By Spike Eskin
PHILADELPHIA (CBS) – An Eagles fan known as 'Sign Man,' was told to take down his sign at Lincoln Financial Field at yesterday's game against the Cowboys. The sign, which read "Andy Quit, Your Team Has," appeared late in the fourth quarter of the 38-23 Eagles loss.
Stadium security requested the sign be taken down, but the Eagles say the request was not made due to its content. "The size of the sign and that he was blocking the view of the fans, " was the reason, Eagles Senior Vice President of Communications Rob Zeiger told Angelo Cataldi and the 94WIP Morning Show Monday. "We take a lot of steps to ensure that our fans have the best time they can at the game, and we did not do things different, security-wise, than we ever do."
"We didn't put it up early in the game, because I didn't want to, there is a million people," Sign Man told Cataldi. "The stadium is packed so somebody is going to complain they can't see. So we waited until the very end, when the stadium was pretty much filing out, so there was nobody behind us at all. So we didn't block anybody's view. And my nephew was on each end, and I said, 'don't take it down, we're not taking it down.'"
"What was on the sign we saw, like a lot of other people did, and we actually, when we see signs out there we call up and make sure that we get someone to make a ruling on whether or not they are offensive, or hurtful, or have bad language," Zeiger said. "We didn't have any problem with the language that was on there, but the sign was big, the fans were standing on their seats to hold it up, and they were blocking the view of the people behind them. People pay good money for those tickets and I think if you were sitting a couple rows behind them you would have wanted that sign taken down too."
Later, 'Sign Man', who says he's been a season ticket holder for over four decades, said ushers told him he'd be arrested if he didn't remove the sign or leave the stadium, so he decided to leave.
"My understanding of what happened is that, we asked him to take it down once, they did," Zeiger said. "They got back up and did it again, we asked them to take it down and second time, and said, 'come on guys, how many times do we have to ask this?' And what I understand ended up happening, was that the people involved said a word that you probably wouldn't want on the sign, and said we're out of here and they left. So there were no arrest, there was no ejection."
Zeiger said that a second sign, reading "Fire Andy, This Is Not Acceptable," was allowed to be kept up, as it was not blocking anyone's view. Mike Burnett, who is the owner of that sign, has a different story.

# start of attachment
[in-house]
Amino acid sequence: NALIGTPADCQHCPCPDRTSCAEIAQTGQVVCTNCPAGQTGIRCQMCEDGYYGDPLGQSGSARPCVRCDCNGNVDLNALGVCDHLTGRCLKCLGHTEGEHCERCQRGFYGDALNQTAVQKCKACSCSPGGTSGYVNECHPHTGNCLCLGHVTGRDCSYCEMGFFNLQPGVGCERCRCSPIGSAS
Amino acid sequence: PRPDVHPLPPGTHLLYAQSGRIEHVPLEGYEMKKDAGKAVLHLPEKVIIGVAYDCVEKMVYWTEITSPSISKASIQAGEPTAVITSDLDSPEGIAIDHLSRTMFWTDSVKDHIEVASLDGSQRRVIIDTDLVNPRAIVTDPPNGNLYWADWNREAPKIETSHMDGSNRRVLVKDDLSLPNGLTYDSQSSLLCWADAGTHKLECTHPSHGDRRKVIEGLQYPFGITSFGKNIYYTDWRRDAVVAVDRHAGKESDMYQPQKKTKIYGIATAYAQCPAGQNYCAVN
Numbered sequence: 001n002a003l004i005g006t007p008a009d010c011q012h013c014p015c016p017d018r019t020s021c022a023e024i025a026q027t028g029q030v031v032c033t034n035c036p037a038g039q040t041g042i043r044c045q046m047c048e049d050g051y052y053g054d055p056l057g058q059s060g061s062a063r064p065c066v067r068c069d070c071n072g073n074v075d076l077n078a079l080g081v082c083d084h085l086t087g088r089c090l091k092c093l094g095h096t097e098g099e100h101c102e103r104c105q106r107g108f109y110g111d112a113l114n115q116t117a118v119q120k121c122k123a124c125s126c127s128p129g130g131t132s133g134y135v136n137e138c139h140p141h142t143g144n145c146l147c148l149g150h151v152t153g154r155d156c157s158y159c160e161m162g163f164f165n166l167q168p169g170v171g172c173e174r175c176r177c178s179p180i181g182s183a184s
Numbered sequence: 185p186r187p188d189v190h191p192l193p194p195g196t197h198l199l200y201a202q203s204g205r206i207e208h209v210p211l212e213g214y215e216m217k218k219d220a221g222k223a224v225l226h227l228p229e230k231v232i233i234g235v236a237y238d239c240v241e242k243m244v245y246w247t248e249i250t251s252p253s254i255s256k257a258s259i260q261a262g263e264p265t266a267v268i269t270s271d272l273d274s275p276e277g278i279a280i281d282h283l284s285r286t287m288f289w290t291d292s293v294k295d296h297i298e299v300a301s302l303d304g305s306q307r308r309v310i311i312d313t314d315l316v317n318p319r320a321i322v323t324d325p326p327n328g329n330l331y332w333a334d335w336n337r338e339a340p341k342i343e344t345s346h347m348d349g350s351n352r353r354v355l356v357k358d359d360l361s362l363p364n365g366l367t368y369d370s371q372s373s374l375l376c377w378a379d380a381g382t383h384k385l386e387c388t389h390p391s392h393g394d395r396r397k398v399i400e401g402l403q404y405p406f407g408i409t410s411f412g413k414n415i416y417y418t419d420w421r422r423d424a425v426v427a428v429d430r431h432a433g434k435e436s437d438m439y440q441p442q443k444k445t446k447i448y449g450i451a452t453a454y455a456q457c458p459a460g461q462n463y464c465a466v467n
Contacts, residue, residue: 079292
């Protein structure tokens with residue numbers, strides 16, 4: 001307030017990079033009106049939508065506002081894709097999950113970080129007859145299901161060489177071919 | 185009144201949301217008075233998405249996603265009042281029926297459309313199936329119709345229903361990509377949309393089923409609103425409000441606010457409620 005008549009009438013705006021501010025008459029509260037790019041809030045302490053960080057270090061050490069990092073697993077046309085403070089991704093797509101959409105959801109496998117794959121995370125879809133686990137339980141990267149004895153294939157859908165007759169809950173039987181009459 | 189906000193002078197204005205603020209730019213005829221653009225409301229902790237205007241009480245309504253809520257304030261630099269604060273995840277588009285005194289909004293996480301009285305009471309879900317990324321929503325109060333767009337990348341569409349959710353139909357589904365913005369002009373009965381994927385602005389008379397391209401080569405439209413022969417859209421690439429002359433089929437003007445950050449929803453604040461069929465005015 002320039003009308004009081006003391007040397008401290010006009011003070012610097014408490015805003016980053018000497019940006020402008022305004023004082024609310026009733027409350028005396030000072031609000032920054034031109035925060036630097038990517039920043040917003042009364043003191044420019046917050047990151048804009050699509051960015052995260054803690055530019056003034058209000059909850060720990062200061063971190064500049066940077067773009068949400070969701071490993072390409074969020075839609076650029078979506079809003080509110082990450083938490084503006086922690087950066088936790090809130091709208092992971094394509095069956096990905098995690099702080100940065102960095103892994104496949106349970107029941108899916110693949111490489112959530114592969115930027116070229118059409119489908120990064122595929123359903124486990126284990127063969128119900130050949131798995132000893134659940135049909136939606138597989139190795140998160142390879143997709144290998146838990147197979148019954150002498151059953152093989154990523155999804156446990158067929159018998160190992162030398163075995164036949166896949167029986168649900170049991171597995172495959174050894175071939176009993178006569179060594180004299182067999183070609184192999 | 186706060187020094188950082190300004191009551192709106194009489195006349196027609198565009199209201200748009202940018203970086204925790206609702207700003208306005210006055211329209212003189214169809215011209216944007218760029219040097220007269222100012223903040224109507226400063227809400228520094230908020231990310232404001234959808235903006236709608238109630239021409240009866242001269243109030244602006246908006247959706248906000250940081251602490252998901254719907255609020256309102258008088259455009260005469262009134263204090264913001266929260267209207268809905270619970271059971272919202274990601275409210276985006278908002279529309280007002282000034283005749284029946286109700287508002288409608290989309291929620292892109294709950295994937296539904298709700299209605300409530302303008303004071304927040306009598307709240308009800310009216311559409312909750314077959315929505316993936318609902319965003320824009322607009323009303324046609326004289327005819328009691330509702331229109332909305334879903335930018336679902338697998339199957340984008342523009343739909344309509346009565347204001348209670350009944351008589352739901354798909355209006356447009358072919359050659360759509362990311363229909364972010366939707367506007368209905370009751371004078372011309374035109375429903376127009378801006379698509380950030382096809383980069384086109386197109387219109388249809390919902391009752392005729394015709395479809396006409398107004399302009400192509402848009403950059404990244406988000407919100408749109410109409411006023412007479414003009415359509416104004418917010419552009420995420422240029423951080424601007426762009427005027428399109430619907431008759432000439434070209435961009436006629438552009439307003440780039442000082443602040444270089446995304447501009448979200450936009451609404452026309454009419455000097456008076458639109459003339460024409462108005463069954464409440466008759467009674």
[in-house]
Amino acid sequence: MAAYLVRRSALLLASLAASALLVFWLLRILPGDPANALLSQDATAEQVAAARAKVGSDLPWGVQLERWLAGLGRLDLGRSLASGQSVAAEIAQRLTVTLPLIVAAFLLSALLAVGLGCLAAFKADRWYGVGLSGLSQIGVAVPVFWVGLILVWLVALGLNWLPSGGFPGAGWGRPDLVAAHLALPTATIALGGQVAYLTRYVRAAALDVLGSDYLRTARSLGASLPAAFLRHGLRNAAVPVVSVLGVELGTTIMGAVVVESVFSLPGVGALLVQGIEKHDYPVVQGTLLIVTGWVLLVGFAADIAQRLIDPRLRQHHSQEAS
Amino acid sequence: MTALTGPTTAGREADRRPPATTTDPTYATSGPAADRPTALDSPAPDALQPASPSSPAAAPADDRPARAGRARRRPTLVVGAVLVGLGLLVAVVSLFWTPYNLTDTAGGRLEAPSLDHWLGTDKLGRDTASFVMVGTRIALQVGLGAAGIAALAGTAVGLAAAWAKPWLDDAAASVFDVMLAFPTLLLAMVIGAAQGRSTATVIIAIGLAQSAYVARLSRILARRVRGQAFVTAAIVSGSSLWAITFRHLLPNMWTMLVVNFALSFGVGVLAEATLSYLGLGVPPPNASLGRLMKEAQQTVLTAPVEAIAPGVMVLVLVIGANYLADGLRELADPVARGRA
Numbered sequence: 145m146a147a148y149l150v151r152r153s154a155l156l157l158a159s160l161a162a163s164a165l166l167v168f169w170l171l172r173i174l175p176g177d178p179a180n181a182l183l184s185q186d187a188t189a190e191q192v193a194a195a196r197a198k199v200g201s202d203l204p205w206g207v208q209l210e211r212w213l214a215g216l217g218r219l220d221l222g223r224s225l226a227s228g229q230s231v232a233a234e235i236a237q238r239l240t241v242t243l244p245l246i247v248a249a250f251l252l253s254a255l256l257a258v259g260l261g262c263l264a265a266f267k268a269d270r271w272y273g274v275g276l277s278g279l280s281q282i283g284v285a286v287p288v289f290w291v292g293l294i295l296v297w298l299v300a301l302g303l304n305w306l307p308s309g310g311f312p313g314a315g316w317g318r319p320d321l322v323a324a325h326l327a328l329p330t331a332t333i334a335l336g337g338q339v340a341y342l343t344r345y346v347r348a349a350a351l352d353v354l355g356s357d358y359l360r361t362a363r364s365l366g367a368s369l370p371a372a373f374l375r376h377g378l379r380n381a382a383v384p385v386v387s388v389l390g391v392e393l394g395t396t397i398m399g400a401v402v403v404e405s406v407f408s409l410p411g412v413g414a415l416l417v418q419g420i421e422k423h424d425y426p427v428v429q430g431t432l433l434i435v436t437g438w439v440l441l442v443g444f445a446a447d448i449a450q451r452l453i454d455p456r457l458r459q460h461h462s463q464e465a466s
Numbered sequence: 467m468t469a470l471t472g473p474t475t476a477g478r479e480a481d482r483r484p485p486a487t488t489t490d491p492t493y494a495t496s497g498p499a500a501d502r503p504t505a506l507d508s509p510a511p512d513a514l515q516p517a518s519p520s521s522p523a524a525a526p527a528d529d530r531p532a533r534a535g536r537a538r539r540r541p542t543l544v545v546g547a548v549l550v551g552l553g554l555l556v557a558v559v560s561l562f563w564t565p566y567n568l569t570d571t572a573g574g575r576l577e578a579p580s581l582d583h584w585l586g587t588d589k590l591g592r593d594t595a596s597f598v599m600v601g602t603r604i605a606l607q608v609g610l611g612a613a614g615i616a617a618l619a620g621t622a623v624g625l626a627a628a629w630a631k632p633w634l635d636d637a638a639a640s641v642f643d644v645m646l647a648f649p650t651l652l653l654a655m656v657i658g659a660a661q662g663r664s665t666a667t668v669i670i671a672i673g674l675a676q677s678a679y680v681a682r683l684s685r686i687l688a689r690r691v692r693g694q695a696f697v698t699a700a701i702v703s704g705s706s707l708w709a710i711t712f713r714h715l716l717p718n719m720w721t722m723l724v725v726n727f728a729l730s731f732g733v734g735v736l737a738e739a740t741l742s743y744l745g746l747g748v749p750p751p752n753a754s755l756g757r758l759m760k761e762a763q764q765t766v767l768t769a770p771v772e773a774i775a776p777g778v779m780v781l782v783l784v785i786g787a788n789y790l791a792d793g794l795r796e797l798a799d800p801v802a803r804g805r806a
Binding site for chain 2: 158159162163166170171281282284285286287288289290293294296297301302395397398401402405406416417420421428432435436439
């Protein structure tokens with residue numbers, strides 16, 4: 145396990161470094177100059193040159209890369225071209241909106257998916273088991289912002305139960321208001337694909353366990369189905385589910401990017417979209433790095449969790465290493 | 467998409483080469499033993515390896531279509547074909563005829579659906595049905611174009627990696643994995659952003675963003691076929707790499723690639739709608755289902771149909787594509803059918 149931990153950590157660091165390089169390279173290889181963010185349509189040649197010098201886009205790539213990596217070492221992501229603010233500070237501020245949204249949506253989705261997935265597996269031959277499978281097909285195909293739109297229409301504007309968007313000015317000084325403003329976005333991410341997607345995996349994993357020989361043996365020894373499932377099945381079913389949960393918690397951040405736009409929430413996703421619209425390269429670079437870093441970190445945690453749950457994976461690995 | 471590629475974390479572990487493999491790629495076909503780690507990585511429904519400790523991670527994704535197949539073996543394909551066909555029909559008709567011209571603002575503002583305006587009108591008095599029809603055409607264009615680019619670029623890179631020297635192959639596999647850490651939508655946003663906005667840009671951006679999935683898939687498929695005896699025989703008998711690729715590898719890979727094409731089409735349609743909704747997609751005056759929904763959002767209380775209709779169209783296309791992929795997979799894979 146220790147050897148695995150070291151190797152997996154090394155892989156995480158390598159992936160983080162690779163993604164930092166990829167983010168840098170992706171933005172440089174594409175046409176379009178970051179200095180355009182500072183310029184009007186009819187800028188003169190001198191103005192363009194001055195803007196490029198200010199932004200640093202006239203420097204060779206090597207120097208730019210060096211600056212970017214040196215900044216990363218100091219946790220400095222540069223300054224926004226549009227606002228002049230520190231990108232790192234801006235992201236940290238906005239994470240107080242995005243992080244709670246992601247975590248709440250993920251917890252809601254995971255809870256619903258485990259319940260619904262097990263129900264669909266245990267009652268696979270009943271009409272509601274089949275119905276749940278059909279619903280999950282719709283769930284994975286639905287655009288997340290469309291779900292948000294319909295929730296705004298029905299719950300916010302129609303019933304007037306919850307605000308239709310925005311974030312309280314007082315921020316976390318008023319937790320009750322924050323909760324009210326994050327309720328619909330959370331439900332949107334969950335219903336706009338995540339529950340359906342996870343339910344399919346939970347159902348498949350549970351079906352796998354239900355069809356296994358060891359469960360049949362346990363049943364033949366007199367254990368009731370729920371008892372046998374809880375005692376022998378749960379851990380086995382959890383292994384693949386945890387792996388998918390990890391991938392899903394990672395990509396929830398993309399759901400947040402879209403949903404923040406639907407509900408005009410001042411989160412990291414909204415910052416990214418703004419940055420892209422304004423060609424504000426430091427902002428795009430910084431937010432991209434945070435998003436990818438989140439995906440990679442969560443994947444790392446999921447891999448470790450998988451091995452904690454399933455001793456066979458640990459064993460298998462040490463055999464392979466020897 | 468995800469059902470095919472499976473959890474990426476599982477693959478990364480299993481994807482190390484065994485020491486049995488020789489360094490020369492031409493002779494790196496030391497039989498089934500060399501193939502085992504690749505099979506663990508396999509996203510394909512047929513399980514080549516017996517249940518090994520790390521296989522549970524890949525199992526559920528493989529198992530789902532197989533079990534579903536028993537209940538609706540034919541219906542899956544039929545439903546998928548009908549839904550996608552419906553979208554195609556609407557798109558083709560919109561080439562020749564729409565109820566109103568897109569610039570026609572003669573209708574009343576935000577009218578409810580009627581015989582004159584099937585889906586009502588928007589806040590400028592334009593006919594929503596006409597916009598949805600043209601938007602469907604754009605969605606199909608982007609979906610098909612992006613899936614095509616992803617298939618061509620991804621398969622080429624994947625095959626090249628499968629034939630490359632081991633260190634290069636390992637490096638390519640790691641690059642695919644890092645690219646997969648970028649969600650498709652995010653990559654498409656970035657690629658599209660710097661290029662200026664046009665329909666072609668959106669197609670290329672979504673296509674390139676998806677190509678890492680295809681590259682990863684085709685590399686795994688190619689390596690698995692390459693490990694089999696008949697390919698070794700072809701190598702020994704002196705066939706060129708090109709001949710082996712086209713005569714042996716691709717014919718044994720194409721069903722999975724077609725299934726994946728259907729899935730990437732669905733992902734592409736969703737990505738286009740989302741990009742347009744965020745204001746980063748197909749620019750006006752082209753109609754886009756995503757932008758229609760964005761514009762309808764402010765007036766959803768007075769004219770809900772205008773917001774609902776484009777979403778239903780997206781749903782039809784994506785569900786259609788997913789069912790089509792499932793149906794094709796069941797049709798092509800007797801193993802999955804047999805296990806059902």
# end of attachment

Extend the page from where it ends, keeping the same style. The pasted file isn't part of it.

"We had the signs held up for a good portion of the game in the standing room only section," Burnett said via email. "We had to have taken 500 pictures with fans, and even a few with security. With about three minutes left, we walked them down to the field level. We were holding them up, and a black jacket comes from behind me and tells me he was told by his higher ups that the signs needed to be taken down due to their content. I asked him if he meant his bosses (security) or the Eagles, and he told me it came straight from the top of the Eagles. The next words out of his mouth were 'and believe me, I agree with both signs.'"
There were also reports that the stadium's in-house public address announcements and music were louder than usual, and many fans theorized it was to drown out boos from the crowd.
"Well, we had the sound up, but it was for a different reason," Zeiger said. "We travel obviously to everyone else's stadium for away games. We take notes on what seems to work at other ball parks and see what we want to apply here. We've noticed a good vibe at some places that turn the music up a little louder. And yesterday there was a good vibe out in the parking lot. It was a sunny day, where if you were driving around in your car you would probably turn up the radio up a little bit, so we turned it up a little bit. It was something we were going to do throughout the game, and it didn't have anything to do with how the game was going."
Fans called Cataldi's show on Monday and said they were told by security to remove bags they had on their heads. "That was news to us," Zeiger said. "We want people to express themselves."
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